Finance Minister P. Chidambaram has made a strong case for expediting quota reforms of the multilateral lending institutions arguing that delay was impacting the credibility and legitimacy of such entities.
The Minister, who is in Washington to the attend the Fund-Bank meeting, also underlined the need for making IMF surveillance more forward looking to help nations take advance actions to deal with the emerging situation.
Rebutting IMF’s low growth projection of 3.8 per cent for India for the current fiscal, Finance Minister P Chidambaram has launched a sharp attack on its methodology of forecast and surveillance framework to gauge the market impact of exit from unconventional monetary policy.
The Minister, who is here to the attend the IMF-World Bank meeting, also underlined the need for making IMF surveillance more forward looking to help nations take advance actions to deal with the emerging situation.
“We do not share this pessimistic outlook. We also believe there is a need for reviewing the methodology for growth projections as in the past International Monetary Fund (IMF) projections have often been at divergence with final growth numbers,” he said here.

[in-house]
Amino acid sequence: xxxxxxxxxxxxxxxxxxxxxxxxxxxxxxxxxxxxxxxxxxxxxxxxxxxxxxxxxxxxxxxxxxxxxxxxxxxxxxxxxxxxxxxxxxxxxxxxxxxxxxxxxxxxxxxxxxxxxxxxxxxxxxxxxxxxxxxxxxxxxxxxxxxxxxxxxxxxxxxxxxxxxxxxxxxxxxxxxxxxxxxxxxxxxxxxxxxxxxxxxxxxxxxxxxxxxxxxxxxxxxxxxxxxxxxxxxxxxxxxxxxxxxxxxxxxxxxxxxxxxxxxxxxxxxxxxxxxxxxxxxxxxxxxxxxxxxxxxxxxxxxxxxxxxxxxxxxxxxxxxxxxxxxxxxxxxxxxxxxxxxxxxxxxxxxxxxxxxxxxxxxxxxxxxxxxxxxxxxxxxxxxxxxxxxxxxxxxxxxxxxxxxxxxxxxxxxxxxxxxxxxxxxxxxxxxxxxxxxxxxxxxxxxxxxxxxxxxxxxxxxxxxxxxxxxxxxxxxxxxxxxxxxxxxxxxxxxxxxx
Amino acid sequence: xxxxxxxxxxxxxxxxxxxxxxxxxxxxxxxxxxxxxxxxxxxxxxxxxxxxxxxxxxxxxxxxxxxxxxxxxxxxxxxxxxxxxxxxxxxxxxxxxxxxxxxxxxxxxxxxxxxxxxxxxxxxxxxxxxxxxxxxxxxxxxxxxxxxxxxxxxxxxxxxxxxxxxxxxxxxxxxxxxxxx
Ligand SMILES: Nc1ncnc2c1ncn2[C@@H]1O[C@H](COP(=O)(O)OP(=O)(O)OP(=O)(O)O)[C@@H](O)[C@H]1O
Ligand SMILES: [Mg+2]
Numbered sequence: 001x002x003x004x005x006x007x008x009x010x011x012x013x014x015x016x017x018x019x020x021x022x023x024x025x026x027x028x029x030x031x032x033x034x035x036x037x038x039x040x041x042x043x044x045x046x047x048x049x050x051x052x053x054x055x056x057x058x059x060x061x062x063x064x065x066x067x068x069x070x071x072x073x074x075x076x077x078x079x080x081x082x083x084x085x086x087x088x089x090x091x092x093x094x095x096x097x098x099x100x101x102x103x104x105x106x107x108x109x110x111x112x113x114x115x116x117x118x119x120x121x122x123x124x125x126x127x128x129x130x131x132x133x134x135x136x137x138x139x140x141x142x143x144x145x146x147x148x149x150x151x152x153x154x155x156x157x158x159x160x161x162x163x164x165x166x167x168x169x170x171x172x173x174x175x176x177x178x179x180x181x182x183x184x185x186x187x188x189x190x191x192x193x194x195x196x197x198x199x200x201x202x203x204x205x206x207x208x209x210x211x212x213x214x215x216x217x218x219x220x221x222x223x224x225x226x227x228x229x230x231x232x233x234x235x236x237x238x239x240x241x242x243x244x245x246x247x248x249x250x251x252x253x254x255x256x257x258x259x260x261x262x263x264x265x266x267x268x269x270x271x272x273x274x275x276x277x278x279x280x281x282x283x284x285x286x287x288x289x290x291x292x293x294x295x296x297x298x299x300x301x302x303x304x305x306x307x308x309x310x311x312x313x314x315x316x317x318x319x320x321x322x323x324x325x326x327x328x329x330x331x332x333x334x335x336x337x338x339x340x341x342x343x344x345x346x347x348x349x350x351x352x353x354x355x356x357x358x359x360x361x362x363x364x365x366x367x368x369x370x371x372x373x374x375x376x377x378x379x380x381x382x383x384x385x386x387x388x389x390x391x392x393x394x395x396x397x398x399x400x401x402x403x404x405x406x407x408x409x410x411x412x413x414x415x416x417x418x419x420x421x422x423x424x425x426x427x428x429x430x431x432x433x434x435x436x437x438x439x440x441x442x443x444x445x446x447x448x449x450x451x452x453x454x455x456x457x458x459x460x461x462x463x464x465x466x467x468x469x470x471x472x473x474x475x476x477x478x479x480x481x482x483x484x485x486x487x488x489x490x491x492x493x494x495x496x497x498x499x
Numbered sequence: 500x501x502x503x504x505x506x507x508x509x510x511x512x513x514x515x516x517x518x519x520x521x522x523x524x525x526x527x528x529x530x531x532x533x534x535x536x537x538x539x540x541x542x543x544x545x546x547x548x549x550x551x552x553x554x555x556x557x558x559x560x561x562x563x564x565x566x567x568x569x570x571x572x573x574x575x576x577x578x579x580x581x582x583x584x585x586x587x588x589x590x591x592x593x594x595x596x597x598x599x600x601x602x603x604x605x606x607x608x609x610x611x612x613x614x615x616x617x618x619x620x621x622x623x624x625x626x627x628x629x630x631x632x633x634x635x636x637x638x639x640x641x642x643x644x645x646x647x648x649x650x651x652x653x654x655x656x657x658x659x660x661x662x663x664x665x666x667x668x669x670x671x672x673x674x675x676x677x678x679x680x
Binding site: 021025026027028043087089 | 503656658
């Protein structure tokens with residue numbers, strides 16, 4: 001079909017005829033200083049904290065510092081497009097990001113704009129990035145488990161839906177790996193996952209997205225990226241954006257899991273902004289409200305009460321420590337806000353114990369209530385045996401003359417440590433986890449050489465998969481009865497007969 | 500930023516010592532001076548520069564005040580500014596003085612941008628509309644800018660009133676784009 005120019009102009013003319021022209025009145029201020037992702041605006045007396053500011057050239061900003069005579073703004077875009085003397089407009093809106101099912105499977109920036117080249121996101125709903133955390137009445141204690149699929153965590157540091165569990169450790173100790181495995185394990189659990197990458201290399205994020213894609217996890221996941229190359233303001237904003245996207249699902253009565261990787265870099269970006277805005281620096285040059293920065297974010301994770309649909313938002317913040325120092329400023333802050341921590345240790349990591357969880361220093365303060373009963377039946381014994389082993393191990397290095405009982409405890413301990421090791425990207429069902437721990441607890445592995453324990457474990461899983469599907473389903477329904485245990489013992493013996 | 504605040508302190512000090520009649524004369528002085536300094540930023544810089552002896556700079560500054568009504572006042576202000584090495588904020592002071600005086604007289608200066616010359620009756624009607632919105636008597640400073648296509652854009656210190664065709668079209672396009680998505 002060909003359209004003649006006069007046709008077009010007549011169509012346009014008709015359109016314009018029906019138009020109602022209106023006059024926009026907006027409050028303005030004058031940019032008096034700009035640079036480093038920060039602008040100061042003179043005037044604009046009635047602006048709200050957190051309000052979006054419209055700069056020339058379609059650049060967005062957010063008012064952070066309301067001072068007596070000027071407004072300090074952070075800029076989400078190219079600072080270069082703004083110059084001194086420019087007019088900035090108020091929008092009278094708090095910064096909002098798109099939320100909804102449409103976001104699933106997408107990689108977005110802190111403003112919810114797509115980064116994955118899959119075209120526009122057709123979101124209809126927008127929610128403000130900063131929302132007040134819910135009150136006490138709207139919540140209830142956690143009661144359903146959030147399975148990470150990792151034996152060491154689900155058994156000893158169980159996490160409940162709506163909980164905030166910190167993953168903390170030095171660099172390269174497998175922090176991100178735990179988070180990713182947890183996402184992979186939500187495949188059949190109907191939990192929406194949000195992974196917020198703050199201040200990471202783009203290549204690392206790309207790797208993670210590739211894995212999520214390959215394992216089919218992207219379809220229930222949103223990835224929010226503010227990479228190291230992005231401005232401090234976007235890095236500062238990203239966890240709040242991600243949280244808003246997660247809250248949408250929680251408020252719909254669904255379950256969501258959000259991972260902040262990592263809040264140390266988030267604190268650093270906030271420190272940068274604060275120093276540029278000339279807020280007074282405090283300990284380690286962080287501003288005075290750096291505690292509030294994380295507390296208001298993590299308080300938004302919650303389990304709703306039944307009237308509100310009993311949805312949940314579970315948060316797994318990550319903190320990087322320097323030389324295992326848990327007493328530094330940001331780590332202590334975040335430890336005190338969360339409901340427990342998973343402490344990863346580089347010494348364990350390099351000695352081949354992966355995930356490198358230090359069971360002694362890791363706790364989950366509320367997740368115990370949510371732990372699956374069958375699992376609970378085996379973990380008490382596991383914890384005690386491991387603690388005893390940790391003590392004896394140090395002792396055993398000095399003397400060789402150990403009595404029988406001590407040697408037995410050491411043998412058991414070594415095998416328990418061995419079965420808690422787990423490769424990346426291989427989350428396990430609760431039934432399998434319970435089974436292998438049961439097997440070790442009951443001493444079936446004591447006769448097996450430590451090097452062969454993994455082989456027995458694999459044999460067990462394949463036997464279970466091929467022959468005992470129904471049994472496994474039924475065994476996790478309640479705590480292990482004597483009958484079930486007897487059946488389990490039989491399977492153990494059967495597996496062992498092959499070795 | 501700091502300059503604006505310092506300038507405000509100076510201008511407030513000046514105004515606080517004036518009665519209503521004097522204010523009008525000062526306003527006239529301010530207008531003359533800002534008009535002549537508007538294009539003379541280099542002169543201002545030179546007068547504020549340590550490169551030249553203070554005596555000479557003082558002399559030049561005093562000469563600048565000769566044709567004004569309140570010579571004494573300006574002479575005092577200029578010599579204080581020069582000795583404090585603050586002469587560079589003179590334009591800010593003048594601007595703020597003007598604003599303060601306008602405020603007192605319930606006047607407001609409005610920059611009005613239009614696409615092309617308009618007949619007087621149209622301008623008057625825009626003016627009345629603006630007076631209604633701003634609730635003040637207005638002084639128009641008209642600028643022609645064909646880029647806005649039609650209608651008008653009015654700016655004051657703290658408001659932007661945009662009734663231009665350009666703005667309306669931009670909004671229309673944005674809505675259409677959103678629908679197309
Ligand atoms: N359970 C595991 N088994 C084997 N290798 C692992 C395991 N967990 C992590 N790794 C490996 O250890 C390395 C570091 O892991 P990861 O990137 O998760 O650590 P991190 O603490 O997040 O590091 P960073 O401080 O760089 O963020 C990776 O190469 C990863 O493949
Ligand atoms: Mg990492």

IMF has lowered India’s growth projection for the current fiscal to 3.8 per cent from 5.6 per cent estimated by its World Economic Outlook update in July. Chidambaram, however, has been insisting that growth will range between 5 to 5.5 per cent in 2013-14.
Noting that the recent financial market developments have taken all by surprise, Chidambaram said an important question is why on-going IMF surveillance failed to foresee the market impact of exit from unconventional monetary policy.
“The IMF’s failure to identify certain risks and give clear warnings has demonstrated yet again the weakness of its Surveillance framework. It also questions the relevance and usefulness of the IMF exercise with regard to policy settings of member countries because repeated downward revisions could significantly influence market expectations besides spreading gloom,” he said.
Chidambaram had earlier said the IMF needs to undertake a detailed study as to how the unwinding will unfold, what impact it will have on advanced and emerging market economies, and how they should deal with the evolving situation.
“The Fund must play a role in better informing the spillover effects in a globally integrated world, so that advanced economies can take them into account while formulating their policies,” he had said.